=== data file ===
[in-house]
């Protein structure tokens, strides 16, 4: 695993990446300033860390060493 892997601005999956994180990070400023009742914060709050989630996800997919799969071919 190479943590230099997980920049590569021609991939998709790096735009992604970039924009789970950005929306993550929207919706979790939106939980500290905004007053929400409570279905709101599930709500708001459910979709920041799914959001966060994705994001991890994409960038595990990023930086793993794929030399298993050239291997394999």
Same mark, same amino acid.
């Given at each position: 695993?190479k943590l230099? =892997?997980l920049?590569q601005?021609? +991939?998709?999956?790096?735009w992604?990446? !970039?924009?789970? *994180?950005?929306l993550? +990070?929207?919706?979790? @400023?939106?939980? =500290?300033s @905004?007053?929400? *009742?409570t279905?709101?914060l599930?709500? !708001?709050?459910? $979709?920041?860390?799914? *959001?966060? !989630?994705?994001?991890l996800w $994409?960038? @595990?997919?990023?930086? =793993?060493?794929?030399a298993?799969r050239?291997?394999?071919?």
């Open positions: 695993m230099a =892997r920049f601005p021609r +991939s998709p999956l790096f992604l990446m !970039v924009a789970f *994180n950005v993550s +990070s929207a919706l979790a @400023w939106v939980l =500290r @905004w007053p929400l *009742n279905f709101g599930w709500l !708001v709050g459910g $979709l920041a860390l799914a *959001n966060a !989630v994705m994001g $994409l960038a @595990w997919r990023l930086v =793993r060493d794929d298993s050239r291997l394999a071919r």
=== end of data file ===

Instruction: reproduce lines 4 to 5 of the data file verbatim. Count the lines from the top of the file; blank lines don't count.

């Given at each position: 695993?190479k943590l230099? =892997?997980l920049?590569q601005?021609? +991939?998709?999956?790096?735009w992604?990446? !970039?924009?789970? *994180?950005?929306l993550? +990070?929207?919706?979790? @400023?939106?939980? =500290?300033s @905004?007053?929400? *009742?409570t279905?709101?914060l599930?709500? !708001?709050?459910? $979709?920041?860390?799914? *959001?966060? !989630?994705?994001?991890l996800w $994409?960038? @595990?997919?990023?930086? =793993?060493?794929?030399a298993?799969r050239?291997?394999?071919?």
């Open positions: 695993m230099a =892997r920049f601005p021609r +991939s998709p999956l790096f992604l990446m !970039v924009a789970f *994180n950005v993550s +990070s929207a919706l979790a @400023w939106v939980l =500290r @905004w007053p929400l *009742n279905f709101g599930w709500l !708001v709050g459910g $979709l920041a860390l799914a *959001n966060a !989630v994705m994001g $994409l960038a @595990w997919r990023l930086v =793993r060493d794929d298993s050239r291997l394999a071919r």